DD: Henderson's biggest thing is maturity level. We got him to a high baseball level at a young age. We would just like him to progress and mature as a person and as a baseball player and then continue to do what he has been doing because when you grade out his tools he has major league stuff today. He just needs to be able to walk out on that mound every fifth day and bring that to the game and maintain it for a six or seven inning period. I think the maturity level will continue to get better as he grows and you will see a pretty good pitcher out there.
BB: There was a report in a paper here that Zach Stewart was told to be ready to pitch out of the bullpen next season. Are you aware of that?
DD: No I am not, I am not ready for him to pitch in the bullpen next year. People pay attention to what he has done over the last few years and we had him in the bullpen last year in Las Vegas. That's also because of the power arm and his fastball and slider and he could go in the bullpen and be effective late in the game but he was tremendous this season from the viewpoint of stamina and durability and being able to maintain his pitches, his velocity. Because of that I would love to see him stay in the rotation.
BB: I assume Joel Carreno has done enough to get a shot at AA next year. Obviously you never know what the winter brings but has he progressed enough to pitch in AA next year?
DD: I think anybody that strikes out that many guys in the FSL deserves a chance to go to AA and Joel will get that opportunity. He surprised a lot of people. He was one of those guys that when you go into a season you have your key starters and then you are looking for other guys to fill in and Joel was one of those guys. But he put himself on the map this season with the year that he had. But the thing is Joel was very consistent with it, it wasn't a good game here and then a bad game there, every day he was going out and striking people out. So he shows you he has the ability to do that with a very good breaking ball and to change his breaking ball so that sometimes it is like a curveball and sometimes a slider. He manipulates it a little and he has great feel so I think he is ready to go to AA and see what he can do up there.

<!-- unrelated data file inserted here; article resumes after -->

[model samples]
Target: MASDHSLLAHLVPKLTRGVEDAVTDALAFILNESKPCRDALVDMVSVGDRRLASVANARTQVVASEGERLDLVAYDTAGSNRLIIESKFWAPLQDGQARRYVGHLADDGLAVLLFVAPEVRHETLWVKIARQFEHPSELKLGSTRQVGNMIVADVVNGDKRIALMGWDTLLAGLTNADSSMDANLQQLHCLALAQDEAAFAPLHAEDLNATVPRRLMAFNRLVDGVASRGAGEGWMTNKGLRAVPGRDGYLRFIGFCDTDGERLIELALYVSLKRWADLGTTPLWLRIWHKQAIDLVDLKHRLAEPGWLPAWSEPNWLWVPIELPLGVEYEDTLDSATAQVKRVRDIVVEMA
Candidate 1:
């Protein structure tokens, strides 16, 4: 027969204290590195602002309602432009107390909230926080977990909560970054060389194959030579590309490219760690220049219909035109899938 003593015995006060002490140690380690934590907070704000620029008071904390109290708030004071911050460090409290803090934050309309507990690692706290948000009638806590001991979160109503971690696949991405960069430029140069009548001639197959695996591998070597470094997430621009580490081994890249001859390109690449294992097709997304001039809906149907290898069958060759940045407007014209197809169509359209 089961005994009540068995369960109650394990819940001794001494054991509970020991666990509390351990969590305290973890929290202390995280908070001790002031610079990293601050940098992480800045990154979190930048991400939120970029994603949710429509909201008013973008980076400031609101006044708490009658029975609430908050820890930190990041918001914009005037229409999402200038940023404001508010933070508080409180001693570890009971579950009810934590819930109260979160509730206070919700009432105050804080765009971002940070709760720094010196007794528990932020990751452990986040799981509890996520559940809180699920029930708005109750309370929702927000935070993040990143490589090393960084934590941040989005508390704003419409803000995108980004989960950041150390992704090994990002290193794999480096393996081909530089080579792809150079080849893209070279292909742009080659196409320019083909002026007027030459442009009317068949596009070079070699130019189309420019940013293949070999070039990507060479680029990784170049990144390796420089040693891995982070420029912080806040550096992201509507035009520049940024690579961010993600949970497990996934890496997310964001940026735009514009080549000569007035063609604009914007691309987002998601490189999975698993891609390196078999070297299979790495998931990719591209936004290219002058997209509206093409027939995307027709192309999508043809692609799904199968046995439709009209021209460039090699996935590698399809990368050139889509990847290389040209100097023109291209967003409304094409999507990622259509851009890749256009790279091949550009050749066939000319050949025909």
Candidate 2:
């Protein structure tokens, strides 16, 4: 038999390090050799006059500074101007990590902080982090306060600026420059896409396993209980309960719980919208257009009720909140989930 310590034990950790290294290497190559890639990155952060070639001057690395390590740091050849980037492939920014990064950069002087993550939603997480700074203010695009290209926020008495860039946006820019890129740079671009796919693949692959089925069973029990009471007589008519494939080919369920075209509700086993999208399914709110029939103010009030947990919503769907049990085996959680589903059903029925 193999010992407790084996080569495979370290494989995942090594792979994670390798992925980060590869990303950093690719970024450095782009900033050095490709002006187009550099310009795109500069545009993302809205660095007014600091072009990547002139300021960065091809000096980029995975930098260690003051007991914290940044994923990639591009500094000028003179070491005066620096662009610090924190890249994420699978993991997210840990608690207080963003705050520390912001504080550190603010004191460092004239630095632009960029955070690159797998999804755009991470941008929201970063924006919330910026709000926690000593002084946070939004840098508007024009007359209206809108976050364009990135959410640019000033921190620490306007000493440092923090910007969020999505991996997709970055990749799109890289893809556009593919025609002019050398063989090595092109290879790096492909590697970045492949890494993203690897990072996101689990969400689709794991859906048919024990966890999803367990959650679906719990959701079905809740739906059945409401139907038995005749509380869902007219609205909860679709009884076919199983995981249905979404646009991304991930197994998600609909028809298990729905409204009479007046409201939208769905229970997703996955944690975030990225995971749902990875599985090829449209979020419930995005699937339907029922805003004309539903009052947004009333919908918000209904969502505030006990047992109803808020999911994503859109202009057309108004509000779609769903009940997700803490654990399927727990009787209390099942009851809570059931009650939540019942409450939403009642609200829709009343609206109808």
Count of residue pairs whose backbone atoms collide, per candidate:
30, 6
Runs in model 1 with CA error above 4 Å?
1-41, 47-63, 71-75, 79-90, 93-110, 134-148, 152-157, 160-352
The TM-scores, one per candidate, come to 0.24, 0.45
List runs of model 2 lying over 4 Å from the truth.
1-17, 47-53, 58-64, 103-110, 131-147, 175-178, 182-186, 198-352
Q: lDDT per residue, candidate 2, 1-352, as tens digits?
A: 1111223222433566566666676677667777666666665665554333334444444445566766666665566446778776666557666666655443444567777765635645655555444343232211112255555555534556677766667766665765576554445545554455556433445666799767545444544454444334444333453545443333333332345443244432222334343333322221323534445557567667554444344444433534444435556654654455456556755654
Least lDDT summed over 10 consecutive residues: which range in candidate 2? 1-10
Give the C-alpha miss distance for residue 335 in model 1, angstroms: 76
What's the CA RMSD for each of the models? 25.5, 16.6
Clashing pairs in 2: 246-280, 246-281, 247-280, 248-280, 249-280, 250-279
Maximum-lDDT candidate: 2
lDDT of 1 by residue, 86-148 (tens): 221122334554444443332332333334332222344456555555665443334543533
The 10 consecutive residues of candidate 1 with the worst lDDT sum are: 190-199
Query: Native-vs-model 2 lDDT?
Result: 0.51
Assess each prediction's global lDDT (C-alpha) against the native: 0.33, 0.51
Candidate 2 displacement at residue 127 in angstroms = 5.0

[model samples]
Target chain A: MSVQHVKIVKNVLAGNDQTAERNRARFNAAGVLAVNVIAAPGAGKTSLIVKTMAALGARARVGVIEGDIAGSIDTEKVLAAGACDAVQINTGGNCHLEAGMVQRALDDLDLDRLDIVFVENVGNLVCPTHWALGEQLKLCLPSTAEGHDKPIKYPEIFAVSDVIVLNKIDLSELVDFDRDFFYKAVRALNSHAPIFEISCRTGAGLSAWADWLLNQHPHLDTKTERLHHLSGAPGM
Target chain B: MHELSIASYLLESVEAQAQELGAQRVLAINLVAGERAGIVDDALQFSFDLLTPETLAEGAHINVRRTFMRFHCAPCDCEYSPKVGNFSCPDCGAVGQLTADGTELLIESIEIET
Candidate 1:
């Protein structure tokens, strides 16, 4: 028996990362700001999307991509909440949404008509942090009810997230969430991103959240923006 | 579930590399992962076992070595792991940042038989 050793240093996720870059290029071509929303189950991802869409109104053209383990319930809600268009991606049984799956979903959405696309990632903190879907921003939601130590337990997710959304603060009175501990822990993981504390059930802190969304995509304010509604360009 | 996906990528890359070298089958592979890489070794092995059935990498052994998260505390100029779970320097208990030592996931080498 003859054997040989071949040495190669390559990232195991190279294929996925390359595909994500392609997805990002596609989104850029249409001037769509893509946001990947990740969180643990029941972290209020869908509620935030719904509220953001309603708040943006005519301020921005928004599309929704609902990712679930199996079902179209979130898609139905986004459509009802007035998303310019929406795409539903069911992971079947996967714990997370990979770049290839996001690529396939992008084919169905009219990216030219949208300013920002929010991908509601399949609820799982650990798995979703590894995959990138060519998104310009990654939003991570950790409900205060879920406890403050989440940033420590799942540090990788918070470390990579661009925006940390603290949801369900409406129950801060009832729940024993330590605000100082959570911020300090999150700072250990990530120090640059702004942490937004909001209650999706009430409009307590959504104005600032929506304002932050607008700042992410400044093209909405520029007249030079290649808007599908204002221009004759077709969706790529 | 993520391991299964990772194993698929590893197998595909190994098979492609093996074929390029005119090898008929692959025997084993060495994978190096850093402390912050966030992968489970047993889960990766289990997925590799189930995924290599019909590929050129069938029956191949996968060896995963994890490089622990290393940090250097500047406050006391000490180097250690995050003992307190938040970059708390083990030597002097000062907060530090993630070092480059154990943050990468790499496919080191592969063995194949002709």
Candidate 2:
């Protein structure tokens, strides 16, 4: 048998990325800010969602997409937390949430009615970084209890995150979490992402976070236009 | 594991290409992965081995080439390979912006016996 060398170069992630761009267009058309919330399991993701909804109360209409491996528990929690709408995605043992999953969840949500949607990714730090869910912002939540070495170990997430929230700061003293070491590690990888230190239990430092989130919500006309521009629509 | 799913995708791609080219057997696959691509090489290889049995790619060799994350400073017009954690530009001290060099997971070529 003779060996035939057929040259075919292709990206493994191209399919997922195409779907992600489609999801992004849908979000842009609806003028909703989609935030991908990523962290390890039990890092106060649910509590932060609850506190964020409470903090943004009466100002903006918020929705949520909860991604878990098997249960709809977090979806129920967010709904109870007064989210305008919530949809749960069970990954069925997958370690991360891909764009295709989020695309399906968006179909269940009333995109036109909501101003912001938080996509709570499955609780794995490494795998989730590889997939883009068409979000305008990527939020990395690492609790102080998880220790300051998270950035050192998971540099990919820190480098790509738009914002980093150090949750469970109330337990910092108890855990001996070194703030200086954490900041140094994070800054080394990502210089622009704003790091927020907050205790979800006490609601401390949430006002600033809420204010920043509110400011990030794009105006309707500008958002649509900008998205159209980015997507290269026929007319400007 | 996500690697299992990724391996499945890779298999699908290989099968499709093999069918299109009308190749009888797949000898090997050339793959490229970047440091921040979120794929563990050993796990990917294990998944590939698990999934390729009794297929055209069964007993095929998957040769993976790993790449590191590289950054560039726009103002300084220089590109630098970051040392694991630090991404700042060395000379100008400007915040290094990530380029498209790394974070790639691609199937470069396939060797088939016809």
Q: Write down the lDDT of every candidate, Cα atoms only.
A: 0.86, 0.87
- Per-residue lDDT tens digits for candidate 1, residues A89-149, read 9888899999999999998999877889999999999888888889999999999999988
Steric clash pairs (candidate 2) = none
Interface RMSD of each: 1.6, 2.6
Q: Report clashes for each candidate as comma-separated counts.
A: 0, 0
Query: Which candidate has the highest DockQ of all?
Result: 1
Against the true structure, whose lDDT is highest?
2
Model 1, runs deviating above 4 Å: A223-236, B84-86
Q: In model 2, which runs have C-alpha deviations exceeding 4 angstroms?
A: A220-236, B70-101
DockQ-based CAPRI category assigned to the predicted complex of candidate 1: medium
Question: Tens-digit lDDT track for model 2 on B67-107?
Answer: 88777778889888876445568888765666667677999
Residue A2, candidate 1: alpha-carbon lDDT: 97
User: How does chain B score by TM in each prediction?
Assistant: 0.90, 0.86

BB: How about Chuck Huggins, is he in the same category?
DD: Chuck has had good back to back seasons in the FSL and he is in the same boat. Completely different pitcher, Chuck is a control pitcher, obviously left-handed, curve ball, change-up guy, but with the success he has had down there he deserves the opportunity to make that jump.
BB: Anthony Gose, did you change anything with him when he came over from Clearwater?
DD: Not really. Because Clearwater and Dunedin play each other so much we knew Anthony. I think the only thing we might consider changing is his offensive approach. I think he has a lot more power potential than the Phillies saw in him, at least at the present time. He was more of a slap guy and they tried to get him to hit the ball on the ground and let his speed take-over. I agree he has tremendous speed but I also think he has tremendous power and the ability to drive the ball and I think that's what we would like him to do as he performs in our organization.
BB: You had a lot of high school kids come into the GCL this year. Did any of them surprise you with their approach to the game?
DD: Aaron Sanchez, a pitcher from California, very advanced in terms of his stuff. You look at him and he looks like he is fifteen years old but you watch him throw and you realize he is a very developed pitcher. I was very impressed with what he had. Noah Syndergaard, same way, very advanced from the standpoint of their deliveries and what was coming out of their arms. Kellen Sweeney is a kid who impressed everyone, obviously he has the pedigree, I think he understand the major league game and knows that. He has a tremendous personality and a great feel for what he is doing on the field, he impressed me quite a bit as well.
Batters Box thanks Doug Davis for his time.